Google to Let Users Opt Out of Analytics Tracking

Google Analytics Logo

Given all the flak Google has taken recently (see my post yesterday, More Social Media Privacy News), I wasn’t too surprised to see this headline come through from ReadWriteWeb: Google Will Soon Allow You to Opt Out of Google Analytics Tracking.

In a blog post from yesterday (More choice for users: browser-based opt-out for Google Analytics on the way), Google announced that it will be offering a browser plug-in to opt out of having their data tracked by Google Analytics. From the blog post:

…[W]e have been exploring ways to offer users more choice on how their data is collected by Google Analytics. We concluded that the best approach would be to develop a global browser based plug-in to allow users to opt out of being tracked by Google Analytics. Our engineers are now hard at work finalizing and testing this opt-out functionality.

I suspect this is more of a PR move than anything. Google Analytics is really just a method to track how anonymous users access your site — from what search terms or related site they came, what pages they visited, how long they spent, their click path, etc. None of this information exposes personal details and is even forbidden by their privacy policies. Check out the Google Analytics product tour for a quick overview.

What Google Analytics offers is not much different than what you get from a WebTrends report. And that data already exists in your own web server logs. In fact, Google Analytics cannot track anything if you don’t have JavaScript enabled on your browser, making it impossible to track many mobile devices. Granted, you can get an overlay view of a page showing where users clicked in Google Analytics, which you cannot get in products that rely solely on the web server logs, but that isn’t necessarily the key selling point. The fact that it is free is its strongest point. It also has swell reports.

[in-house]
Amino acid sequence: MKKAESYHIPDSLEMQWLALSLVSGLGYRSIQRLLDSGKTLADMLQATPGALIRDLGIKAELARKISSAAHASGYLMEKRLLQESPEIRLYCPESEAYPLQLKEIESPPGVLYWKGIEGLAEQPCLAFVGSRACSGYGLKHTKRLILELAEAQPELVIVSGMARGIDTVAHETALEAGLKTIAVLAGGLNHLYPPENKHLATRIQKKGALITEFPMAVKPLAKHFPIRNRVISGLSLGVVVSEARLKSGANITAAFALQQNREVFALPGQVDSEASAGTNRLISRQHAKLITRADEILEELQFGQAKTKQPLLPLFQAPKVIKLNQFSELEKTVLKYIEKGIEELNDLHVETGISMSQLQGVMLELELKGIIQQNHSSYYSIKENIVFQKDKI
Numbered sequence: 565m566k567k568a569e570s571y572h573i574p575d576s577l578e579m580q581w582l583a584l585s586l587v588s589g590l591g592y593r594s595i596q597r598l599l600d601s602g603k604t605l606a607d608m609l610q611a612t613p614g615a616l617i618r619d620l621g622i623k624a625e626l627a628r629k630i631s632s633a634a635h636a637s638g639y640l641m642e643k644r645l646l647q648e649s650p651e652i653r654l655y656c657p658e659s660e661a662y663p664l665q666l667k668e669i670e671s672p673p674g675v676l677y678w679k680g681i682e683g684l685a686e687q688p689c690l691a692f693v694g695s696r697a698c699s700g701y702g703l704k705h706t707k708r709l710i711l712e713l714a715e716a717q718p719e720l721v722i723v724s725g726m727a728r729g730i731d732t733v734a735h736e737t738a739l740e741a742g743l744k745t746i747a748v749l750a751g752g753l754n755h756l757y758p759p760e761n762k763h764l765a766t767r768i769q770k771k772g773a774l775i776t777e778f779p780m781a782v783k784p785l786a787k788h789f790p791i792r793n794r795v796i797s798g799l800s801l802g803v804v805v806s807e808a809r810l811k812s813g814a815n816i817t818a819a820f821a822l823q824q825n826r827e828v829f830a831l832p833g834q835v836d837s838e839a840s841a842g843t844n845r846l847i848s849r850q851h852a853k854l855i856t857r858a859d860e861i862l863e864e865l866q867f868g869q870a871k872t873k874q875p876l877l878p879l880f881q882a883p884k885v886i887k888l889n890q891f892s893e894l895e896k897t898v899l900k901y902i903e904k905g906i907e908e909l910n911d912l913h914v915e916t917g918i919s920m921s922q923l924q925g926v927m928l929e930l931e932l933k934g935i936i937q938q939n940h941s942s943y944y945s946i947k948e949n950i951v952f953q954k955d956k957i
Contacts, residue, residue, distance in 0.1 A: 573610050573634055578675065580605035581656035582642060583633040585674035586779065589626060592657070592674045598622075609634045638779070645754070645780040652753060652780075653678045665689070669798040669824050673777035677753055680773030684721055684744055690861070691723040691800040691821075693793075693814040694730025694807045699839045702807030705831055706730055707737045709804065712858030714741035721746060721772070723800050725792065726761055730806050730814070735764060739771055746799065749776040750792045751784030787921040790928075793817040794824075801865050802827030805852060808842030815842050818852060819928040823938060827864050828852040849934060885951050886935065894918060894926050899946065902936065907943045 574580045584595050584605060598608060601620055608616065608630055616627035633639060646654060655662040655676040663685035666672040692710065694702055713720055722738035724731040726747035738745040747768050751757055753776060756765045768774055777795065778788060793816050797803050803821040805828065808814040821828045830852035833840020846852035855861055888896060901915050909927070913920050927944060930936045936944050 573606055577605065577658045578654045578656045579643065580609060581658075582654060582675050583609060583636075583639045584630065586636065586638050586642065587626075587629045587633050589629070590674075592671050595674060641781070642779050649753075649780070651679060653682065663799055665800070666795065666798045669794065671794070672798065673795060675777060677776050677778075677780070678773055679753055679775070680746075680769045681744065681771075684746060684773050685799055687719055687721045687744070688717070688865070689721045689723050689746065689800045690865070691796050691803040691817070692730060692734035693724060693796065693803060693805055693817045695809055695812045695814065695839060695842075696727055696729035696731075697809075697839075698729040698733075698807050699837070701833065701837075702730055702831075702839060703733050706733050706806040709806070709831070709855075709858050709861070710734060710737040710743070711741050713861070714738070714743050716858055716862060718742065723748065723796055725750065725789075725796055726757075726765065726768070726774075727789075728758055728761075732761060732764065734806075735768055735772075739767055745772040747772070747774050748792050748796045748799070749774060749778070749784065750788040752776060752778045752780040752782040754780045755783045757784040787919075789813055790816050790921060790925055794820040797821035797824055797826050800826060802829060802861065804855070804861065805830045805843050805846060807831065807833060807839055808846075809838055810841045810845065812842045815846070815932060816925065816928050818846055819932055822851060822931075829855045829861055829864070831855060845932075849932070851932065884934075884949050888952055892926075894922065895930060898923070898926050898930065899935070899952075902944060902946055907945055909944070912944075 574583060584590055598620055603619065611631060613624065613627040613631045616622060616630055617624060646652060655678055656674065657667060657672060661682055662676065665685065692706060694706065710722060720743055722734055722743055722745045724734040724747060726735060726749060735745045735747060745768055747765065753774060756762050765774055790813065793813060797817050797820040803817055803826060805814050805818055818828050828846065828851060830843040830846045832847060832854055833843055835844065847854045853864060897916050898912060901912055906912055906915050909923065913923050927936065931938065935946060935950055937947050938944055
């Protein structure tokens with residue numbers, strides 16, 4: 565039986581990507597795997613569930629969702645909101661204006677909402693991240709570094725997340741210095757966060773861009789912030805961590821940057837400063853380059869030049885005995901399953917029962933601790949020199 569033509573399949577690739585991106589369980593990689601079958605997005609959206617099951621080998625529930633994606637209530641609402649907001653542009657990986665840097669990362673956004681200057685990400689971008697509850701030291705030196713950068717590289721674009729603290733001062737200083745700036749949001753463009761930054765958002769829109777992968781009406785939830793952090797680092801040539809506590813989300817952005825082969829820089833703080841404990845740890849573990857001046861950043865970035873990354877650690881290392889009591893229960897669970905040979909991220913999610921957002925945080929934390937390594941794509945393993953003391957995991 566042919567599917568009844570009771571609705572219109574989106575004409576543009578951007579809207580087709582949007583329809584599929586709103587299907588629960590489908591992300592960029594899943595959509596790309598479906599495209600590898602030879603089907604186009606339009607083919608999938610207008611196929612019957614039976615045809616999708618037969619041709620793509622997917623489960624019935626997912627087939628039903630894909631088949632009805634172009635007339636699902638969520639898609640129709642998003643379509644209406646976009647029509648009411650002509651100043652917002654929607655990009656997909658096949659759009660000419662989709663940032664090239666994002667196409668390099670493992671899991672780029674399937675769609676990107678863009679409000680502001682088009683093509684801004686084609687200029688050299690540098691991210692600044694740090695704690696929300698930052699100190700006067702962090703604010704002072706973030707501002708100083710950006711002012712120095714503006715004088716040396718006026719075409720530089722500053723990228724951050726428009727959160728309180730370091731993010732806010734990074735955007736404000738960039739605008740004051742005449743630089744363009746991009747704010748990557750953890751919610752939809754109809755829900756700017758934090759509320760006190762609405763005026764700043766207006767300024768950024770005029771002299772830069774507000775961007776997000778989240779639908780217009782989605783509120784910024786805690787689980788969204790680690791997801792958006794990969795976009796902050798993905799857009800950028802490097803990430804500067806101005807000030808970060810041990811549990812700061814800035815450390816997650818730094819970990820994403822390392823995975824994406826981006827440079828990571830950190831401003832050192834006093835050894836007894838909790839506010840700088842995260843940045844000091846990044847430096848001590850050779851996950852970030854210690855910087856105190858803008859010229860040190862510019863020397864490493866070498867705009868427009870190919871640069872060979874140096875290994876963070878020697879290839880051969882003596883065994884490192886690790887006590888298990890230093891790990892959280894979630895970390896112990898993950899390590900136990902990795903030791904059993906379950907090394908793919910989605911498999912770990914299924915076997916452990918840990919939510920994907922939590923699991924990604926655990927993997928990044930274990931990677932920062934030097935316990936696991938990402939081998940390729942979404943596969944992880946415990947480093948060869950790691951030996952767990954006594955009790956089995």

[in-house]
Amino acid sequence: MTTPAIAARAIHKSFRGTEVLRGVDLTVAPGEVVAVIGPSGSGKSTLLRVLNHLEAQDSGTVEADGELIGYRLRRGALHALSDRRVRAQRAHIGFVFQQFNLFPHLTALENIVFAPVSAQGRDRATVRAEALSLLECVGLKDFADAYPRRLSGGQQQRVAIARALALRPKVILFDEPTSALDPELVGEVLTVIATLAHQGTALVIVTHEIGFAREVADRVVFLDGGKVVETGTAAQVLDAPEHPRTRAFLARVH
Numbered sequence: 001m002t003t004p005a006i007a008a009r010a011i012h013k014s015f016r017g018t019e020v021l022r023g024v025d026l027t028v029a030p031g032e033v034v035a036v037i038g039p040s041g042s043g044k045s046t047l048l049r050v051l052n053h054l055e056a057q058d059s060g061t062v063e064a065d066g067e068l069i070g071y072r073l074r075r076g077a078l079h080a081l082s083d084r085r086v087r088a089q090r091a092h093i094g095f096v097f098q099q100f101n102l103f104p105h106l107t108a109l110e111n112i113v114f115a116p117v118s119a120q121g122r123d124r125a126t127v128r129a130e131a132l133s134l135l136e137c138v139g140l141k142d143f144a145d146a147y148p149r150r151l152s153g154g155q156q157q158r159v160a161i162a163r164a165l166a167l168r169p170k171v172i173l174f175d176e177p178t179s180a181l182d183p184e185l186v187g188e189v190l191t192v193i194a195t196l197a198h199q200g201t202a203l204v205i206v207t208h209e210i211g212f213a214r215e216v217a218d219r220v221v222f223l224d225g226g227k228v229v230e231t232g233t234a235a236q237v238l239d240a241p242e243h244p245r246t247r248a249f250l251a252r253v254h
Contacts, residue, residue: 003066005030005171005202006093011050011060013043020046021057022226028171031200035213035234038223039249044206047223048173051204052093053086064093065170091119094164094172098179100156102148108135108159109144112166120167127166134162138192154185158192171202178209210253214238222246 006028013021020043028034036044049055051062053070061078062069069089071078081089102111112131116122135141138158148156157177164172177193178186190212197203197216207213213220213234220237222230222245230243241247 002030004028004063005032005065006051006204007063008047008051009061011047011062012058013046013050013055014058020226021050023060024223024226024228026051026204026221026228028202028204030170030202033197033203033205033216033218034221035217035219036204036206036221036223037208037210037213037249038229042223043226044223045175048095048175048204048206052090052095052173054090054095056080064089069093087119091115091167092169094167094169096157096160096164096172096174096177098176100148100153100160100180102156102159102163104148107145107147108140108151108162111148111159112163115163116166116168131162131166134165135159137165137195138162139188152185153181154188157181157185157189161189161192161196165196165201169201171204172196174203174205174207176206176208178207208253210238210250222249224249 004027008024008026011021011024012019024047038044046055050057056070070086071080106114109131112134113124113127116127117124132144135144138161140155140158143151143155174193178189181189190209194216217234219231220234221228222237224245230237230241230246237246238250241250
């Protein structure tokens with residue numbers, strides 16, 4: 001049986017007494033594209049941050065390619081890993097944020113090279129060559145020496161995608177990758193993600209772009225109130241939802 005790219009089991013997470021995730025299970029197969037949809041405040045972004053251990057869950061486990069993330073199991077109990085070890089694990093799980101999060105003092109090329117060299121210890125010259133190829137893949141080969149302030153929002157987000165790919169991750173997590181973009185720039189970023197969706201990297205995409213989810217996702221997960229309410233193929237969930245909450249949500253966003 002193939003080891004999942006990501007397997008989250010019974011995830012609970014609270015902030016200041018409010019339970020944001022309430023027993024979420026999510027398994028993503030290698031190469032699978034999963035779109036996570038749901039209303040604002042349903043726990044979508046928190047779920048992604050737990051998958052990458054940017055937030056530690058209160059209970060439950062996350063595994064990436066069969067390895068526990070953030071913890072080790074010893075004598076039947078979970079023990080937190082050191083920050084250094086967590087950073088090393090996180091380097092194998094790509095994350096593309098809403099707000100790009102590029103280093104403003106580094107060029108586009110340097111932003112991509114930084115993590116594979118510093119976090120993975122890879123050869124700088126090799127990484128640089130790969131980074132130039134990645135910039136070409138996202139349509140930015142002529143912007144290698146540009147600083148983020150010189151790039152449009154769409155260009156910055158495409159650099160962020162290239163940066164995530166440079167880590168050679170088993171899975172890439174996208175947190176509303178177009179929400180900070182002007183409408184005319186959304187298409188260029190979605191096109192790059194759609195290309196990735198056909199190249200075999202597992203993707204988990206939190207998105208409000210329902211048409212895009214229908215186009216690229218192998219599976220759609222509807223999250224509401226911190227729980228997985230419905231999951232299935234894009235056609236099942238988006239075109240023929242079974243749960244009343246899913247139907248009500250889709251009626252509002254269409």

The user who cares enough to download and install the plug-in may come from one of two camps:

  1. He/she is already concerned about privacy and may even use anonymous proxy services to surf with an alternate IP address;
  2. He/she has been told that Google is tracking his/her every move (again, recent press) and perhaps grabs this as a response (or has it installed by a friend or family member).

These users make up such a small portion of the surfing world that it probably won’t impact the typical site. I doubt there will be a noticeable drop in data points in the Analytics reports of many sites. Others have posited that this move might make it easier to block internal users data from a company site (which can skew results) as opposed to blocking the IP range in the Analytics configuration screen. They fail to take into account how unpleasant it will be to administer (install and support) all those random plug-ins. No IT guy should be interested in that model at all.

The paranoid out there may feel that Google is tracking enough information about everybody, and while I don’t disagree, trusting Google to release a plug-in to stop Google in Google’s tracks seems like a flawed and circular argument. The truly paranoid shouldn’t trust the plug-in to do what it says. I genuinely hope those conspiracy theorists aren’t running Google Chrome, because the same argument applies.

If you really want to surf anonymously, run Netscape Navigator 2 or version 3 with JavaScript disabled through an anonymous proxy. From a cave. Perhaps Google will release a plug-in for those browsers?

ReadWriteWeb included this Onion parody in their story, and I just had to steal it to post here. It’s too good to pass up (sorry about the scaling).

Google Opt Out Feature Lets Users Protect Privacy By Moving To Remote Village

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